Calliope and its members all belong to the International Association of Conference Interpreters (AIIC), which sets standards in the field of conference interpreting.
Argentina leads the way for interpreting standards in South America
| Interpreter insights
Argentina has played an increasingly important role in influencing interpreting standards over recent years — both at the international and national levels. It is slated to have an umbrella standard for interpreting by year’s end.
International and national standards are closely linked
Industry associations like AIIC have spent the last few years developing international standards related to translating and interpreting, both to ensure quality and to align interpreting services with other regulated services at an international level. This very important, hard work is done by experts from country members as well as industries, NGOs, and other stakeholders gathered in ISO TC37/SC5/WG2 “Interpreting”. Argentina has had a particularly active role in these efforts since it holds the Convenorship of WG2, and is thus responsible for the management and the activities of this group.
Argentina is also an active participant in the development of international interpreting standards through its national committee at IRAM (Instituto Argentino de Normalización y Certificación), the national standardization body, which is a leader in the development of local interpreting standards in South America. The Argentine Association of Conference Interpreters (ADICA), among others, participates in the mirror committee.
Argentina, a trailblazer in standardization in South America
Towards the end of 2015, Argentina adopted ISO 13611 on Community Interpreting, the first international standard of its kind. This standard clearly establishes the difference between community interpreting - a form of interpreting offered to individuals with limited proficiency in the local language in such settings as hospitals, community centers, schools, etc.- and other specializations, such as conference interpreting, which require very different skill sets. The publication of this standard has been of special importance. Not only has the standard created awareness among requesters and users of our services but, since its adoption, all government agencies have been obliged to base their calls for tender on its provisions.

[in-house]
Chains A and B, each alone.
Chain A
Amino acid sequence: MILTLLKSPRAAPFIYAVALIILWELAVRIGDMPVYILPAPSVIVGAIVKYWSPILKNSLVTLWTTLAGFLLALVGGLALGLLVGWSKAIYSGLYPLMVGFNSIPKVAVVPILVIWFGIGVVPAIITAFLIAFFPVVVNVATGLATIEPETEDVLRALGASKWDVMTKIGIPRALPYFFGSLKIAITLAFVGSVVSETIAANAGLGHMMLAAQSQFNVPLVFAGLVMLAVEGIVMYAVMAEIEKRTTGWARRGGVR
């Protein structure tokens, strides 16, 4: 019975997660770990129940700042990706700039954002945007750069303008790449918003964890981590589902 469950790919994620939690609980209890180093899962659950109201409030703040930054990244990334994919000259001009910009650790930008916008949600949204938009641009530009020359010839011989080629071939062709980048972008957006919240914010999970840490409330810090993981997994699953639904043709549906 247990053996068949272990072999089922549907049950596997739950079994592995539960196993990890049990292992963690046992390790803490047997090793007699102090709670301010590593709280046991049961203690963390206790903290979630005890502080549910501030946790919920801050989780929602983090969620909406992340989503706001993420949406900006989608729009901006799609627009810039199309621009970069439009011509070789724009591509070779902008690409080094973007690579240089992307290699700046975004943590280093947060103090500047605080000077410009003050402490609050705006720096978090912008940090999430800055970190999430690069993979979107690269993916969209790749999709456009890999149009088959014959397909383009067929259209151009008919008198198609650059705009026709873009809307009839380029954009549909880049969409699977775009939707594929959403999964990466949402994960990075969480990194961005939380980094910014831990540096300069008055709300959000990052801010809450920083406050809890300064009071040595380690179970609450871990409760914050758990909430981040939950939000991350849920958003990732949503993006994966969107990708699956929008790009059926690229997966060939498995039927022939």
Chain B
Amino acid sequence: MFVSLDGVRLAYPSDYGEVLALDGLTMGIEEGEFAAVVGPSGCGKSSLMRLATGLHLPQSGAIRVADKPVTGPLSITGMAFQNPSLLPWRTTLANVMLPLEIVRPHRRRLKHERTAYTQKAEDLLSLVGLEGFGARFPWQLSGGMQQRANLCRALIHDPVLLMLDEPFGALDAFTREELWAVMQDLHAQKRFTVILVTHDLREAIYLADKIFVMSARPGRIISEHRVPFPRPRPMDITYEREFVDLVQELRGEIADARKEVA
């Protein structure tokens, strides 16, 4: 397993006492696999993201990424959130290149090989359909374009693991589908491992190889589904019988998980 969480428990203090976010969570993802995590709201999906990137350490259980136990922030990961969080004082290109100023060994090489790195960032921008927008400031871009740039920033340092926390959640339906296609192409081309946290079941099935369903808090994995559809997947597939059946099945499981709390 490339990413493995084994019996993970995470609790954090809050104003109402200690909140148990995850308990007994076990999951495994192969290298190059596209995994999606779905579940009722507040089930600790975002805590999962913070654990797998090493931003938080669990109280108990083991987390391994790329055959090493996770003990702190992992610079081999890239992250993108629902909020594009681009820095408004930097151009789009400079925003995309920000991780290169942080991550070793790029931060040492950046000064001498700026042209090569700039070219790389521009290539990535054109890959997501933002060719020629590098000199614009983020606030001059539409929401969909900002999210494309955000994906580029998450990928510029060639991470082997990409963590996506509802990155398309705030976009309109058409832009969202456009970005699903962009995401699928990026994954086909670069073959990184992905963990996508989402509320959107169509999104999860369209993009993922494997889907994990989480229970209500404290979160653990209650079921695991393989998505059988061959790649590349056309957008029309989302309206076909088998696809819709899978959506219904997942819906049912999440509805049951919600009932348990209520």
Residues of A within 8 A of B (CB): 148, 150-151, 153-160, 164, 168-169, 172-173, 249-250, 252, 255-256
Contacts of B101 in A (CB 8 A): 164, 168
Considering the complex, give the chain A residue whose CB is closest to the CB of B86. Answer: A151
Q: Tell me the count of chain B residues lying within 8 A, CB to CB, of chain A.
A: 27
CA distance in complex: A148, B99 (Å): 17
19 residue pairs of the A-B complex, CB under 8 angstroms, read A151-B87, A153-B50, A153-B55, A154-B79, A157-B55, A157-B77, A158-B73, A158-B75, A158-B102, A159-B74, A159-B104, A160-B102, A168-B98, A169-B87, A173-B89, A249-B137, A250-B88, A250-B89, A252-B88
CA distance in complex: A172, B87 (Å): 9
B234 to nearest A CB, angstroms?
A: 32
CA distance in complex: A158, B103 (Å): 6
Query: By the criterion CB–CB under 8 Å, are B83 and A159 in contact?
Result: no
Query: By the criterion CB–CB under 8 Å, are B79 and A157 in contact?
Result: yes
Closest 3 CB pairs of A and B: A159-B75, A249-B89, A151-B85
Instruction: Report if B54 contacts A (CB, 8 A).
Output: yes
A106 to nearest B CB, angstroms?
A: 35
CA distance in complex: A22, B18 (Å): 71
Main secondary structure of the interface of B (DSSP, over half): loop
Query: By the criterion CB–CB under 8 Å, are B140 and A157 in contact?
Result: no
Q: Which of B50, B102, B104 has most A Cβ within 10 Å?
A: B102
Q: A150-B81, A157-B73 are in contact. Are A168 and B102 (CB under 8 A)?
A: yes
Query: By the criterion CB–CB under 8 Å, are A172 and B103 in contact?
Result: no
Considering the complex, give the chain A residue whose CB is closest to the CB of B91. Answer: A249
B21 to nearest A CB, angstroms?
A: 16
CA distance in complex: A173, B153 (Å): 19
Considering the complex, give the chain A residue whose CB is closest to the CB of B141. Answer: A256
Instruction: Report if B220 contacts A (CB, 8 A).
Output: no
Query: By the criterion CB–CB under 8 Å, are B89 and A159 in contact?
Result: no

Developing an umbrella standard on interpreting
IRAM has also started to develop an umbrella standard on interpreting, from which specialization standards will be derived. It includes clauses on working conditions, interpreting modes and qualifications of interpreters. The group of experts is made up of representatives from the International Association of Conference Interpreters (AIIC), translation schools, the Argentine Conference Interpreters’ Association (ADICA), and the Colegio de Traductores Públicos de la Ciudad de Buenos Aires (CTPCBA).
This year is a critical year for the working group, since the standard is slated to be completed. With any luck by this time next year, a new local umbrella standard will be in force.
The success of these standardization efforts in Argentina and elsewhere in the world is the fruit of close collaboration and consensus-building among many. The ultimate aim of the standard is to provide customers with a guarantee of service quality, improve the working conditions for interpreters and raise awareness of the profession. These efforts have received the full support of AIIC and ADICA.
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